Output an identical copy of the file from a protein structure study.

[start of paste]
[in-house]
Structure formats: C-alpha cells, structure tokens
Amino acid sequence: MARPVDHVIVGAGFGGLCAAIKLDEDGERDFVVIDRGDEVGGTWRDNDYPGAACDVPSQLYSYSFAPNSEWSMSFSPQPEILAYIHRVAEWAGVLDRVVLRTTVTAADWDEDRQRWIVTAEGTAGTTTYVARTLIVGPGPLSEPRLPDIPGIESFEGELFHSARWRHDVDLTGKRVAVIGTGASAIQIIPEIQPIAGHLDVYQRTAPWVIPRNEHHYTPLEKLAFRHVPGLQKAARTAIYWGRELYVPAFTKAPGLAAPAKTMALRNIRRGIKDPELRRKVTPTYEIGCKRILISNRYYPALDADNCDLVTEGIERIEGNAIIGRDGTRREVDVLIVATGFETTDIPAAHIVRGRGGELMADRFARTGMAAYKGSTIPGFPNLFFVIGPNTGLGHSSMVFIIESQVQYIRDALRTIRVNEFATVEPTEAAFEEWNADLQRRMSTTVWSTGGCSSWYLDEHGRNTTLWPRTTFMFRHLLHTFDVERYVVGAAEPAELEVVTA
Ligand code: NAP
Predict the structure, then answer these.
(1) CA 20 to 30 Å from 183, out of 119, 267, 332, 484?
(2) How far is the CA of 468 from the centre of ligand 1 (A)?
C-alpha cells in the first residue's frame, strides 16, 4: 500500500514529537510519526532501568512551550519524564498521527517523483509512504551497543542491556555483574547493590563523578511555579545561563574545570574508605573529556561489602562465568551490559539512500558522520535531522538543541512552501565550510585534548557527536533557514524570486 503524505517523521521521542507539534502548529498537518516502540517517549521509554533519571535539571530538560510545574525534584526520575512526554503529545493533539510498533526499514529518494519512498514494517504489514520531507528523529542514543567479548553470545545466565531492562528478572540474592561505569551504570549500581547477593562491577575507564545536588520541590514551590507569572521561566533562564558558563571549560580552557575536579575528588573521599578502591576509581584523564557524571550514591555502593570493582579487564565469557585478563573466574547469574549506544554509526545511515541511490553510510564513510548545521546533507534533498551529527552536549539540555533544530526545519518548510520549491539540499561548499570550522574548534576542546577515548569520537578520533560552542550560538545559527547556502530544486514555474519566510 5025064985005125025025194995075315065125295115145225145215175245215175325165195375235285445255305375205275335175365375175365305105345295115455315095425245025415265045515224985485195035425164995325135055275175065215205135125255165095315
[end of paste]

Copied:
[in-house]
Structure formats: C-alpha cells, structure tokens
Amino acid sequence: MARPVDHVIVGAGFGGLCAAIKLDEDGERDFVVIDRGDEVGGTWRDNDYPGAACDVPSQLYSYSFAPNSEWSMSFSPQPEILAYIHRVAEWAGVLDRVVLRTTVTAADWDEDRQRWIVTAEGTAGTTTYVARTLIVGPGPLSEPRLPDIPGIESFEGELFHSARWRHDVDLTGKRVAVIGTGASAIQIIPEIQPIAGHLDVYQRTAPWVIPRNEHHYTPLEKLAFRHVPGLQKAARTAIYWGRELYVPAFTKAPGLAAPAKTMALRNIRRGIKDPELRRKVTPTYEIGCKRILISNRYYPALDADNCDLVTEGIERIEGNAIIGRDGTRREVDVLIVATGFETTDIPAAHIVRGRGGELMADRFARTGMAAYKGSTIPGFPNLFFVIGPNTGLGHSSMVFIIESQVQYIRDALRTIRVNEFATVEPTEAAFEEWNADLQRRMSTTVWSTGGCSSWYLDEHGRNTTLWPRTTFMFRHLLHTFDVERYVVGAAEPAELEVVTA
Ligand code: NAP
Predict the structure, then answer these.
(1) CA 20 to 30 Å from 183, out of 119, 267, 332, 484?
(2) How far is the CA of 468 from the centre of ligand 1 (A)?
C-alpha cells in the first residue's frame, strides 16, 4: 500500500514529537510519526532501568512551550519524564498521527517523483509512504551497543542491556555483574547493590563523578511555579545561563574545570574508605573529556561489602562465568551490559539512500558522520535531522538543541512552501565550510585534548557527536533557514524570486 503524505517523521521521542507539534502548529498537518516502540517517549521509554533519571535539571530538560510545574525534584526520575512526554503529545493533539510498533526499514529518494519512498514494517504489514520531507528523529542514543567479548553470545545466565531492562528478572540474592561505569551504570549500581547477593562491577575507564545536588520541590514551590507569572521561566533562564558558563571549560580552557575536579575528588573521599578502591576509581584523564557524571550514591555502593570493582579487564565469557585478563573466574547469574549506544554509526545511515541511490553510510564513510548545521546533507534533498551529527552536549539540555533544530526545519518548510520549491539540499561548499570550522574548534576542546577515548569520537578520533560552542550560538545559527547556502530544486514555474519566510 5025064985005125025025194995075315065125295115145225145215175245215175325165195375235285445255305375205275335175365375175365305105345295115455315095425245025415265045515224985485195035425164995325135055275175065215205135125255165095315